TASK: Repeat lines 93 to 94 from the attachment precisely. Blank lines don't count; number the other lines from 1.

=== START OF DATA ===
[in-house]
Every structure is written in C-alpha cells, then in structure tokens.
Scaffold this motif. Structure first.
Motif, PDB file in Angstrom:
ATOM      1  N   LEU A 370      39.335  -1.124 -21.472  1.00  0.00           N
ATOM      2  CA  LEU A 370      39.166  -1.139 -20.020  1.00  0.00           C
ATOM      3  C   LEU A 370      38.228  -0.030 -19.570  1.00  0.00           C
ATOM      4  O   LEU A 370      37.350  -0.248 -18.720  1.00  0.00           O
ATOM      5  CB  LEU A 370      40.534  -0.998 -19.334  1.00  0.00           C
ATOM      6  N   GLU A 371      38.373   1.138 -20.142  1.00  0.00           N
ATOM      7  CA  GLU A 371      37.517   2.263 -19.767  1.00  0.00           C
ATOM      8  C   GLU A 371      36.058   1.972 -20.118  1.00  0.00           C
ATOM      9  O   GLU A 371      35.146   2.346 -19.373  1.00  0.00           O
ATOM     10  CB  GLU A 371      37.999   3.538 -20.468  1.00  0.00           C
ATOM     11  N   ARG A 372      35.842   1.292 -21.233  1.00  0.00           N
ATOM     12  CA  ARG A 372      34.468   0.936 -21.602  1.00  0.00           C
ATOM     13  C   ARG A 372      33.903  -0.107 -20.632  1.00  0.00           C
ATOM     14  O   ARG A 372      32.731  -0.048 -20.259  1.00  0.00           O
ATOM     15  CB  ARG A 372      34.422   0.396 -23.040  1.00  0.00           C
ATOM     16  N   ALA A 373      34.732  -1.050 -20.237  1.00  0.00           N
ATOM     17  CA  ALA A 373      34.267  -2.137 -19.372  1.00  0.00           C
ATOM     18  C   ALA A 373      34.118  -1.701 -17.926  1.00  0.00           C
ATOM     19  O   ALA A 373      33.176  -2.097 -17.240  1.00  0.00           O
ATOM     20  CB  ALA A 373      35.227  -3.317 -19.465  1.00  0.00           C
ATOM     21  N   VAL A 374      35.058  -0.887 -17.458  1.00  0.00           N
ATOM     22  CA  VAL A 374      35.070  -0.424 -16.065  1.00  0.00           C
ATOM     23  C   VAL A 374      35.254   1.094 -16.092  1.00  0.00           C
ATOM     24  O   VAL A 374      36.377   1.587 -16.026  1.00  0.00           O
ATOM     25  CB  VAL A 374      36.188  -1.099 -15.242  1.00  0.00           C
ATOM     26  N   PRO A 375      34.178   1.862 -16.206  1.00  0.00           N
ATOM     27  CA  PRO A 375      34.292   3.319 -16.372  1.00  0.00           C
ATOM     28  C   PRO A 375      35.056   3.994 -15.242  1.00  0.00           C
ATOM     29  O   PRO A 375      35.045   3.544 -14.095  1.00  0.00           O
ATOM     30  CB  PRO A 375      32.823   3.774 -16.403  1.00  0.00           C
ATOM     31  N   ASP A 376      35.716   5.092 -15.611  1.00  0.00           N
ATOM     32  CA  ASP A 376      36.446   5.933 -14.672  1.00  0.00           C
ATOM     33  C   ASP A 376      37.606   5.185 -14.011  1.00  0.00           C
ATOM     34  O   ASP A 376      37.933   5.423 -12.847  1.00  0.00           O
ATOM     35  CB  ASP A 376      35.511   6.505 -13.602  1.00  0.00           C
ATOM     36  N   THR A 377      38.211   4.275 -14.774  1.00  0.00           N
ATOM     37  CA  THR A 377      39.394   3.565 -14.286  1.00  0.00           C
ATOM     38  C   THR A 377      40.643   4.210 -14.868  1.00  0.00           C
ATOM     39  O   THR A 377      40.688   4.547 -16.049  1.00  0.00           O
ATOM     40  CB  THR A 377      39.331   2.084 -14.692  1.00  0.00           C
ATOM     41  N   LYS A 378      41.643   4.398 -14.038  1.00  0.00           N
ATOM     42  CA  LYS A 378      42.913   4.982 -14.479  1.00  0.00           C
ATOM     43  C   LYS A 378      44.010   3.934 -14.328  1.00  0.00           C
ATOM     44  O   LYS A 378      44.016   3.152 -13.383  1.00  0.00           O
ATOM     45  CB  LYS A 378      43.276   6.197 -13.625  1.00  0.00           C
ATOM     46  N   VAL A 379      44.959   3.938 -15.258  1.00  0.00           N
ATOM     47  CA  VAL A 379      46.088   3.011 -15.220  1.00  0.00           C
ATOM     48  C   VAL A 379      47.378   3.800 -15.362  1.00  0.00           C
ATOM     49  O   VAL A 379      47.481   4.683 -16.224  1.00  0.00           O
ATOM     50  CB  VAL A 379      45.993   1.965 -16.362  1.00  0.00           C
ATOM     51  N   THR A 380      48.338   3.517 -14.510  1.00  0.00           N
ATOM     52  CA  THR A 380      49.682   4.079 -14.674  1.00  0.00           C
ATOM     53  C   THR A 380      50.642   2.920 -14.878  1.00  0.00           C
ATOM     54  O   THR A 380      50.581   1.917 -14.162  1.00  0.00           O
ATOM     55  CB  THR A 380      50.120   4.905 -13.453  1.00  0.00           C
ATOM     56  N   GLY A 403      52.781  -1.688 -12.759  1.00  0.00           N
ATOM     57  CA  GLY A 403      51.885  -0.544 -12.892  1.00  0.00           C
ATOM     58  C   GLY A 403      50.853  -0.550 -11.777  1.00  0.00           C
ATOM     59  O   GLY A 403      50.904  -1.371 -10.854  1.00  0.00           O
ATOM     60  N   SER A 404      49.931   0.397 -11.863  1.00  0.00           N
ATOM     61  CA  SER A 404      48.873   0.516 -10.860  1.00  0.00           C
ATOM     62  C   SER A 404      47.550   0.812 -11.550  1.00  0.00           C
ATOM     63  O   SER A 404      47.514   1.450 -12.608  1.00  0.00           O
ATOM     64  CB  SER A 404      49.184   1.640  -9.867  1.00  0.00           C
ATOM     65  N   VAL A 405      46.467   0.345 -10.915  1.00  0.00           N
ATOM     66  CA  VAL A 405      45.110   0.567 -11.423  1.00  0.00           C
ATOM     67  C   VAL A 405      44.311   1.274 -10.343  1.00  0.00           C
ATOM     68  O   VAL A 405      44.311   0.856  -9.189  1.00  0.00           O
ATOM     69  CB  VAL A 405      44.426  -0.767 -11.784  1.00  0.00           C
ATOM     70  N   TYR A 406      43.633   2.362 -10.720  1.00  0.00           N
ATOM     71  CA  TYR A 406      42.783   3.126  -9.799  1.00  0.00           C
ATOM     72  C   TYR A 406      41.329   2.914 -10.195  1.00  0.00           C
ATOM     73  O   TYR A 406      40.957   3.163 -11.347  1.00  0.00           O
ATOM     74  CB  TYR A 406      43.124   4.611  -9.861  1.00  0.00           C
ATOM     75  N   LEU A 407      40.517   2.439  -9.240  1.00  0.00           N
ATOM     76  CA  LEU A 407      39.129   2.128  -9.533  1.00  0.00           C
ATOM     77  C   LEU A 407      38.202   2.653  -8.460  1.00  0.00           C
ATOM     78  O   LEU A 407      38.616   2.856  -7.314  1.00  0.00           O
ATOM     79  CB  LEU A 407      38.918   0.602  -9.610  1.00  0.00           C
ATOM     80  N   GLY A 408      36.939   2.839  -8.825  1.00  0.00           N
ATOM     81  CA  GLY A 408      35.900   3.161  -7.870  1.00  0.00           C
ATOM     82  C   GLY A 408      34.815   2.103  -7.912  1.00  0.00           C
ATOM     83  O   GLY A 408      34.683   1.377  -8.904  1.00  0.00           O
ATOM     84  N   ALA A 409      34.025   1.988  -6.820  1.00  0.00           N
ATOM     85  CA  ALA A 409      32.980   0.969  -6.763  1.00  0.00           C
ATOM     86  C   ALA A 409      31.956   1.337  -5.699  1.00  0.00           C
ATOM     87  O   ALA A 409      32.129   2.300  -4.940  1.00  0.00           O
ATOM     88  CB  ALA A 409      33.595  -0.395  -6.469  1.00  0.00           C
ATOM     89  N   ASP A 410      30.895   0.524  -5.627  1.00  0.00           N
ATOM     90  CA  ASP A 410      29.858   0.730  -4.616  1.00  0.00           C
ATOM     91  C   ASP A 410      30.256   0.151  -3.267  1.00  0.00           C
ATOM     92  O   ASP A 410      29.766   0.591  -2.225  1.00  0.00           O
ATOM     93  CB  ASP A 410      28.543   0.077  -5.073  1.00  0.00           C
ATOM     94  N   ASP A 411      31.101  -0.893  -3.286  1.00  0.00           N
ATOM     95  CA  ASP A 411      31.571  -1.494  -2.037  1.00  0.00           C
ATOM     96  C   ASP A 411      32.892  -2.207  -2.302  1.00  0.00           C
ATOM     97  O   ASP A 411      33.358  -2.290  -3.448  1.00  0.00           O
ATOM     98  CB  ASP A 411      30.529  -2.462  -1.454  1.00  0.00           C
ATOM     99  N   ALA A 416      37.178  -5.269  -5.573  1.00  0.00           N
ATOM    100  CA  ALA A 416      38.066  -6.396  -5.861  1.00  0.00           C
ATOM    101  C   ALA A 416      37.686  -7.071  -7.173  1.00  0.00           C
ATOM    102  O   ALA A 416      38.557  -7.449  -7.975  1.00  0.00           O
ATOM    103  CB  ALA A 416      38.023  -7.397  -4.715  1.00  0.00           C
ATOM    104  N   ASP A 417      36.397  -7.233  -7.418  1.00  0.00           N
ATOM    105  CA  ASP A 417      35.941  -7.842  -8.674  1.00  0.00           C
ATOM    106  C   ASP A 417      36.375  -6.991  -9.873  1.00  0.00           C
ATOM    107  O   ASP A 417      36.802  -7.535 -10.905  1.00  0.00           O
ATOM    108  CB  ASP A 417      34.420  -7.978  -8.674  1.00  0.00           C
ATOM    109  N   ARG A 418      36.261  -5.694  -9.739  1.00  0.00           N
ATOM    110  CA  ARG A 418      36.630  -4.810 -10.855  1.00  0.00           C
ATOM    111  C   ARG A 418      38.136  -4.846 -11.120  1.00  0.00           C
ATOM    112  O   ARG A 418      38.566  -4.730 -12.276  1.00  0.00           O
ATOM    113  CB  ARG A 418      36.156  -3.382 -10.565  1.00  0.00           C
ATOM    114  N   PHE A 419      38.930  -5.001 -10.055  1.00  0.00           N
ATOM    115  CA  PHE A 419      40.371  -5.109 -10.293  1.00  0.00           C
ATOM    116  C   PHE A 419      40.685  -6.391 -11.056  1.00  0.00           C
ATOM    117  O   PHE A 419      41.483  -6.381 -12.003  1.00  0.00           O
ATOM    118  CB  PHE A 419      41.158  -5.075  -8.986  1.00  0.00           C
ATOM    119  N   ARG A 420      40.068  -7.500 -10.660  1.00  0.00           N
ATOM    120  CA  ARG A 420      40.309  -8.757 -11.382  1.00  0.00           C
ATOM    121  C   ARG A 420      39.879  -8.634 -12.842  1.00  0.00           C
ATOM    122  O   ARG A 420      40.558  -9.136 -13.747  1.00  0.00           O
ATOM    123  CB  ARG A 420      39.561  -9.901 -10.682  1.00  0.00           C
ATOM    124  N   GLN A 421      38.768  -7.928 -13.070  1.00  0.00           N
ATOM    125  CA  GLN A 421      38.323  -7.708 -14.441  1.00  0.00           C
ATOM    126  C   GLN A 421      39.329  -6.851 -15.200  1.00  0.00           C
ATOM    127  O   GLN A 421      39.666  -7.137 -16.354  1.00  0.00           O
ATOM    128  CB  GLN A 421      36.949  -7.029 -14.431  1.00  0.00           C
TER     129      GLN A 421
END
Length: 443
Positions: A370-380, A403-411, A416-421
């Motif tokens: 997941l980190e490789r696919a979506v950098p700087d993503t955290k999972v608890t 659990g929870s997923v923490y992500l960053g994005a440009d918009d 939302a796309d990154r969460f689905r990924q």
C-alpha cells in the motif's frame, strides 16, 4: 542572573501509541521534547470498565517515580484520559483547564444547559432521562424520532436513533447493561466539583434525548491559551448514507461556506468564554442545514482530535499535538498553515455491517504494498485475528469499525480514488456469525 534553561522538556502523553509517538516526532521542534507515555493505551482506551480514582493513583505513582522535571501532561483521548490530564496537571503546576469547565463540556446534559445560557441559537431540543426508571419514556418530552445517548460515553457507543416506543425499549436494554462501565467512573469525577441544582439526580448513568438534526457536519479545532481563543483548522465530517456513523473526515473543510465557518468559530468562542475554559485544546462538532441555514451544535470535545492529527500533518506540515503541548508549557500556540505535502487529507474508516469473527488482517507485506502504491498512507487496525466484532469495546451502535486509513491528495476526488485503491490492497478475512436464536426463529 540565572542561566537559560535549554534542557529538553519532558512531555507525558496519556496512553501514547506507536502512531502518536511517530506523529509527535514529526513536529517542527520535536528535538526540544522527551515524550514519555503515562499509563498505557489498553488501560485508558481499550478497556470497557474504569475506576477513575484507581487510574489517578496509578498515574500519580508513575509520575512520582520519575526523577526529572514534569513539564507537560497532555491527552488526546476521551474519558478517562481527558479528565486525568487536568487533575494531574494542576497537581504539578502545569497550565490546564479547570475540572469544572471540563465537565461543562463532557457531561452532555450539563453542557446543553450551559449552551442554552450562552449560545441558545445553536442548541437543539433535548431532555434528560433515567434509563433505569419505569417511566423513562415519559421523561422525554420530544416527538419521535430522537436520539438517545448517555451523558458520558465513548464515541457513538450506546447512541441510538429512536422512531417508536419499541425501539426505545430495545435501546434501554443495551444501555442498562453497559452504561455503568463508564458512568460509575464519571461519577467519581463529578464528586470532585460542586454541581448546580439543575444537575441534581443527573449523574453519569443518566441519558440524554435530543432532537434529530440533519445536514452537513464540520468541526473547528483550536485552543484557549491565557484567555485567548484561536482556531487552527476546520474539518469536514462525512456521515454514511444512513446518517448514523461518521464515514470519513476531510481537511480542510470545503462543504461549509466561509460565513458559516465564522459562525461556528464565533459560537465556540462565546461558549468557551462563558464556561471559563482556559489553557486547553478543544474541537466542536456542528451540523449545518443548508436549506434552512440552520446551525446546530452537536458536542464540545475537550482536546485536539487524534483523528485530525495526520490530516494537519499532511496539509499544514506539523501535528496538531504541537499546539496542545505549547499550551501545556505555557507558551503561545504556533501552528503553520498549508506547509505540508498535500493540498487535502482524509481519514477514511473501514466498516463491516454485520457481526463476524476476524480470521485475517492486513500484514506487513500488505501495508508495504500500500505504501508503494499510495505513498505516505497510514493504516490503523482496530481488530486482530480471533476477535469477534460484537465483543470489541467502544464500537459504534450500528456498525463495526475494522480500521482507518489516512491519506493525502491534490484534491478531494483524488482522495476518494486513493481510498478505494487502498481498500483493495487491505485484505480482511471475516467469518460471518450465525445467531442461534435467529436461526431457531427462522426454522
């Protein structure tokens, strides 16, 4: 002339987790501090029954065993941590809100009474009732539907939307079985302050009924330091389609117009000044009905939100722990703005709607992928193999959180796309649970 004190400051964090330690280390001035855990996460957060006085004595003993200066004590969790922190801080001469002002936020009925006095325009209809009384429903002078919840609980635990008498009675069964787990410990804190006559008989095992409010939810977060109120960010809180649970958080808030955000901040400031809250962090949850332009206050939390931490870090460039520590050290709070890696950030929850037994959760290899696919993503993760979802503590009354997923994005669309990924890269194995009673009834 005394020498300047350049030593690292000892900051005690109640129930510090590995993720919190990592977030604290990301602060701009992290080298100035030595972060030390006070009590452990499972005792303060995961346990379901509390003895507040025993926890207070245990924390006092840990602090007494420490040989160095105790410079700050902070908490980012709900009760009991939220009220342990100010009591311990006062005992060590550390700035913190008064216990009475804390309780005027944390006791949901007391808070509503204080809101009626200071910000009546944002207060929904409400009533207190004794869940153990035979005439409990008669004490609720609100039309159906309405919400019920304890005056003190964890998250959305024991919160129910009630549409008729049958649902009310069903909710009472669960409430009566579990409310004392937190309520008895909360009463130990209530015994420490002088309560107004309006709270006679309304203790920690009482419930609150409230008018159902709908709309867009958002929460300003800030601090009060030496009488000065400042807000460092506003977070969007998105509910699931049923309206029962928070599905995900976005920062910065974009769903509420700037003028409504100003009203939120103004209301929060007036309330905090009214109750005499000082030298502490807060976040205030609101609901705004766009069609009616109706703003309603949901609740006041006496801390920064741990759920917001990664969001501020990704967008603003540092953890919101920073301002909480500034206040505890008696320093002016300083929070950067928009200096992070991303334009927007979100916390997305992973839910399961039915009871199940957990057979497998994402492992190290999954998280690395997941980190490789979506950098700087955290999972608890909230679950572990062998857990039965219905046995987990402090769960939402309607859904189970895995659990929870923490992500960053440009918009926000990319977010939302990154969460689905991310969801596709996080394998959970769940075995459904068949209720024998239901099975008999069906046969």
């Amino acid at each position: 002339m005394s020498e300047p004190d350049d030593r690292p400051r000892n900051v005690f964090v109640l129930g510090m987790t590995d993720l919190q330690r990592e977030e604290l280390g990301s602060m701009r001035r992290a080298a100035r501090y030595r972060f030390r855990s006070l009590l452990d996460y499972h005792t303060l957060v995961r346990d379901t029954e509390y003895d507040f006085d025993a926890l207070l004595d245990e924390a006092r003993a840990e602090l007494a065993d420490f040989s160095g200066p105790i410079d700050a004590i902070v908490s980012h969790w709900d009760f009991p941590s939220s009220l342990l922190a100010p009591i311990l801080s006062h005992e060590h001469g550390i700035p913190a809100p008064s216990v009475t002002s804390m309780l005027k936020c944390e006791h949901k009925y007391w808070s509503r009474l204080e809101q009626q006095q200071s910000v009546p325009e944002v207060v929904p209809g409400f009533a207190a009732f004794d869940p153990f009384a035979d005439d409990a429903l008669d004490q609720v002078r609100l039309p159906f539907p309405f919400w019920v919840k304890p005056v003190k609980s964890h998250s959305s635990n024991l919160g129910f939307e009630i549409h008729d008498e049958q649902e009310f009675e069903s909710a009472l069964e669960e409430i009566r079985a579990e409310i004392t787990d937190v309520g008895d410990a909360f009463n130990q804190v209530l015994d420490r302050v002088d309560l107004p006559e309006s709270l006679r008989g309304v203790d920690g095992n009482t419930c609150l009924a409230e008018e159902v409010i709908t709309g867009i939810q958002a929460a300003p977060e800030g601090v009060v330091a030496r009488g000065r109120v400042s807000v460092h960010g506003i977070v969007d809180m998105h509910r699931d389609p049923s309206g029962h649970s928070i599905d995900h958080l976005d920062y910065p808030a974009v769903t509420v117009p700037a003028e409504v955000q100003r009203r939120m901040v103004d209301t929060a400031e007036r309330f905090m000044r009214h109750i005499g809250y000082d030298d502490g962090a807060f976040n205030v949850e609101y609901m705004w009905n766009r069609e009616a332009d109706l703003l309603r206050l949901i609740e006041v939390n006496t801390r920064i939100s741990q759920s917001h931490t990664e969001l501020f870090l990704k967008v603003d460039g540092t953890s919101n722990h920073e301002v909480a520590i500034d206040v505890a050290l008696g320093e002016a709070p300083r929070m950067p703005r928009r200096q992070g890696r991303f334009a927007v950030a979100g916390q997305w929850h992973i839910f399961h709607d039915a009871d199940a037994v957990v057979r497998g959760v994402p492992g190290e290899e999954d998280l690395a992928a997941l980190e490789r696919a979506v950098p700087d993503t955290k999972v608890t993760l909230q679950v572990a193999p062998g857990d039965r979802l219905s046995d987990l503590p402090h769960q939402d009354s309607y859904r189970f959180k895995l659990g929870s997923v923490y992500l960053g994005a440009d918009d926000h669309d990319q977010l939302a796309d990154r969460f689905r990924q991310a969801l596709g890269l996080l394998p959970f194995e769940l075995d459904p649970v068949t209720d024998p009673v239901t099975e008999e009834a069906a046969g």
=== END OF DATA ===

ATOM     89  N   ASP A 410      30.895   0.524  -5.627  1.00  0.00           N
ATOM     90  CA  ASP A 410      29.858   0.730  -4.616  1.00  0.00           C